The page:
Category Archives: Picture Books

Book Review: ARE YOU MY MOTHER? – written and illustrated by P.D. Eastman

Areyoumymother

Eastman, P.D.. 1960. ARE YOU MY MOTHER?. Ill. by P. D. Eastman. New York: Random House. ISBN 0-394-90018-9

The suspenseful and humorous beginning-reader mystery titled ARE YOU MY MOTHER? tells the tale of a baby bird and his search for his mother.  Anticipating the birth of her new baby, Mother Bird flies off to find some food.  Baby Bird hatches during her absence and goes to look for his mother.  Baby Bird encounters many animals and objects that he mistakes for his mother along the way.  The story ends happily as baby bird is plopped back down into his nest just in time for his mother to fly home.

This classic tale has been listed #45 in the School Library Journal’s top 100 picture books of all time for good reasons (Bird 2012).  Baby Bird’s comical mistakes when identifying his mother are ridiculous enough that they will tickle the funny bone of any young reader.  Moreover, Baby Bird’s plight of losing his mother is a plot that young children will identify with and is very “believable and relevant to the young child” (Vardell 2008, 58).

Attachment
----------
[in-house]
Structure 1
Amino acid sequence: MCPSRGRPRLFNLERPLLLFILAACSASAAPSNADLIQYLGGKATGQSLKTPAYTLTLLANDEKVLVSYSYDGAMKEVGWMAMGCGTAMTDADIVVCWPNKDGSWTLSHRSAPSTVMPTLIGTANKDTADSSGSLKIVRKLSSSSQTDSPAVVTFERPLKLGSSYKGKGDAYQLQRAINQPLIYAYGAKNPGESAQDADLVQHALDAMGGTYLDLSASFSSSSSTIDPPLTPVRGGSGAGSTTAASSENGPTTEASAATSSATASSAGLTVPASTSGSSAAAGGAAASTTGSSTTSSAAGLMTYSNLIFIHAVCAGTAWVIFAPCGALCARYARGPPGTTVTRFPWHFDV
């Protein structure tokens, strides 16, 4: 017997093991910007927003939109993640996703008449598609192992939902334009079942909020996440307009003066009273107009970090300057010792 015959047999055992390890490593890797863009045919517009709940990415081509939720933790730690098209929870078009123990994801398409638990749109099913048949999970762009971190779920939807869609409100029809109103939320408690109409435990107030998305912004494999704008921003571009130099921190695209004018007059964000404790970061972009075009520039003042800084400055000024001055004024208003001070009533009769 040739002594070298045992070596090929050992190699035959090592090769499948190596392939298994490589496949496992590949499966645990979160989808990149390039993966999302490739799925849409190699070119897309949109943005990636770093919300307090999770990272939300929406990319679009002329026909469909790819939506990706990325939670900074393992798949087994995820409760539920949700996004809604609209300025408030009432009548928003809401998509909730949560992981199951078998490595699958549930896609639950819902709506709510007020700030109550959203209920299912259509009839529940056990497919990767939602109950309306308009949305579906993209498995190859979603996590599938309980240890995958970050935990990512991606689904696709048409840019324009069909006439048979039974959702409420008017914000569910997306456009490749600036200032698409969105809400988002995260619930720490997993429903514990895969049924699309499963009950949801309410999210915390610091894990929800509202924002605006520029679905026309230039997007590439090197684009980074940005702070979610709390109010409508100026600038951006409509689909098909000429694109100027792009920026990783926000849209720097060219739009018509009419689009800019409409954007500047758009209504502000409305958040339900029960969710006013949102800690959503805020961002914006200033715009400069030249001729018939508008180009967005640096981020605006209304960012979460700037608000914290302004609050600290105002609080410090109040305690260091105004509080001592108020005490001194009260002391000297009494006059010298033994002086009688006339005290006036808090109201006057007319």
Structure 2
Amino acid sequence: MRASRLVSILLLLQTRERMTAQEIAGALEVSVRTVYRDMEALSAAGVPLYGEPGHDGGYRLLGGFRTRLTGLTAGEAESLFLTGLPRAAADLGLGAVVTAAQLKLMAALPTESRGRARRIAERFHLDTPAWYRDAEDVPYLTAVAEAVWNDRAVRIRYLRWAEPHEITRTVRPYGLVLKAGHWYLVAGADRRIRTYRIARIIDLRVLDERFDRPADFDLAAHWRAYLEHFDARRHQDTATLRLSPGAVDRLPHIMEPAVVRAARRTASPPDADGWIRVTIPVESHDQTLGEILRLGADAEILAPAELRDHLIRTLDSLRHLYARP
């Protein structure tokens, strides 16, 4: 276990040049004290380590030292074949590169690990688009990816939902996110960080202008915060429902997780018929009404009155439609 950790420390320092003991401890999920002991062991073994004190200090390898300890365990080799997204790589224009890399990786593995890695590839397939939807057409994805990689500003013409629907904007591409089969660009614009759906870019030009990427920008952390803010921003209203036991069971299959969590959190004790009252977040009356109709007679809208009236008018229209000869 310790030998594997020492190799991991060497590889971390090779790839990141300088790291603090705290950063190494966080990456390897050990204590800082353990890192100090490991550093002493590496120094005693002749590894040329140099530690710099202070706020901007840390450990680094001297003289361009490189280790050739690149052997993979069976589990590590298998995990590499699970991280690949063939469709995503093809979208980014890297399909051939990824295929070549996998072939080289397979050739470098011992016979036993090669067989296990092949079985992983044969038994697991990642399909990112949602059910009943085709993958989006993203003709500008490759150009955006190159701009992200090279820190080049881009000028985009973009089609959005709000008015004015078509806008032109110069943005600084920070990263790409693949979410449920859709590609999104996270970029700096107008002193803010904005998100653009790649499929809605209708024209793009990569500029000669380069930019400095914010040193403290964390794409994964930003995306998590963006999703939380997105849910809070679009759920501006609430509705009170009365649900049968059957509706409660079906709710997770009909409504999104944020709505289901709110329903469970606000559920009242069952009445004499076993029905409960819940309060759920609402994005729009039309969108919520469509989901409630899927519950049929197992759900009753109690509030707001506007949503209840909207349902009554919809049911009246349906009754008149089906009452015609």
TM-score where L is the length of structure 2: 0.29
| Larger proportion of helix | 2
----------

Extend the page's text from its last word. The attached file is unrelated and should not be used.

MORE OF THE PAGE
The story, which has been around since 1960, will whet parents “appetite for the familiar touchstones of the past” (Vardell 2008, 23).  The language is simple and the story short enough that this book would be a good choice for beginning readers.  Moreover, the illustrations in the story compliment the text and dialog enabling the child to “see” the story in the pictures.  This is an “important part of early literacy” and helps the child to decode the context of the story (Vardell 2008, 42).